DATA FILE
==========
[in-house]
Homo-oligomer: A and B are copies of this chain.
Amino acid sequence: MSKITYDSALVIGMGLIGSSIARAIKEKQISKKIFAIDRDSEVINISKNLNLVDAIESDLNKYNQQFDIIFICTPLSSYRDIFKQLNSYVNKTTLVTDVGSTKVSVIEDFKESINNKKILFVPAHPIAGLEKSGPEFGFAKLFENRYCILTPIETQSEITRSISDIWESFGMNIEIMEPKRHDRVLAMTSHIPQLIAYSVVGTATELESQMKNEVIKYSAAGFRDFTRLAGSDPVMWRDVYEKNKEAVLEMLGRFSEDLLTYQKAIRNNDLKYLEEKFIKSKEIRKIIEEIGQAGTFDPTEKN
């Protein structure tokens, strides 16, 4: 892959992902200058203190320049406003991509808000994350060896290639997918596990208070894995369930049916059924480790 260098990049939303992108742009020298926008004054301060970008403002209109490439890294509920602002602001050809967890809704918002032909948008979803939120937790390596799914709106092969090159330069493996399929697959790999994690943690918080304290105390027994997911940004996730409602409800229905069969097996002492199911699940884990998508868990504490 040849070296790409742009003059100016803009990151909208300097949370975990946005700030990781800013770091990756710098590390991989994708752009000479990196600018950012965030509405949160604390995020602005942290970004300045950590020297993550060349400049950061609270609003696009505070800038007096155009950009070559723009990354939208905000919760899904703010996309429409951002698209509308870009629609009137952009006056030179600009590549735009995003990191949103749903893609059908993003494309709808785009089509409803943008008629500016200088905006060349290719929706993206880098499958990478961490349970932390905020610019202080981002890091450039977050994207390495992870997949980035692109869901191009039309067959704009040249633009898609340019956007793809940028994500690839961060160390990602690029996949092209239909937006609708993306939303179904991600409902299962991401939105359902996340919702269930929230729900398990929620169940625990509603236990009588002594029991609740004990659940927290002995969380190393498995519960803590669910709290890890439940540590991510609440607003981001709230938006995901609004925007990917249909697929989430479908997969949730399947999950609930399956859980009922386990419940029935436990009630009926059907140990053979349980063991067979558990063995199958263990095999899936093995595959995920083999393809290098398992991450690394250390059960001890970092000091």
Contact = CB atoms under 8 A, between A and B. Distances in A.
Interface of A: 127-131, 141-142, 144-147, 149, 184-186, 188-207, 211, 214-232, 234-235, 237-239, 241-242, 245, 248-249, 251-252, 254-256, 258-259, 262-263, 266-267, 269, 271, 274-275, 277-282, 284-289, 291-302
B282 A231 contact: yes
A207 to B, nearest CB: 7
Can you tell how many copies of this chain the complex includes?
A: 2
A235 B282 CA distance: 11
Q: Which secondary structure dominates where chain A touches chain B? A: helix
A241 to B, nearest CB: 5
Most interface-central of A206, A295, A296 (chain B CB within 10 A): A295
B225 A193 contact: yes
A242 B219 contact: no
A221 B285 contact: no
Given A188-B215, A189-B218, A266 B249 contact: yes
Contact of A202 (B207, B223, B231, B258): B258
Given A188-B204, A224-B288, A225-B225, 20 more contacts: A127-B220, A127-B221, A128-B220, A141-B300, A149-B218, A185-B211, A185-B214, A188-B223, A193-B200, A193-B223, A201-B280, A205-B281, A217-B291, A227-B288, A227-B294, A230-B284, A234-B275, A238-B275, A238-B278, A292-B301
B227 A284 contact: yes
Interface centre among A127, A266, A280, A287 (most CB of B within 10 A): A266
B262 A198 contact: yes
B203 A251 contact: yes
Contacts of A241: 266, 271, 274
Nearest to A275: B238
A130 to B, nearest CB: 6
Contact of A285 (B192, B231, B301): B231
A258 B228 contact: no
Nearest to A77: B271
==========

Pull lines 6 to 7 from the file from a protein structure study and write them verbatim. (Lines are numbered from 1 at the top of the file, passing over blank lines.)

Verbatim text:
Interface of A: 127-131, 141-142, 144-147, 149, 184-186, 188-207, 211, 214-232, 234-235, 237-239, 241-242, 245, 248-249, 251-252, 254-256, 258-259, 262-263, 266-267, 269, 271, 274-275, 277-282, 284-289, 291-302
B282 A231 contact: yes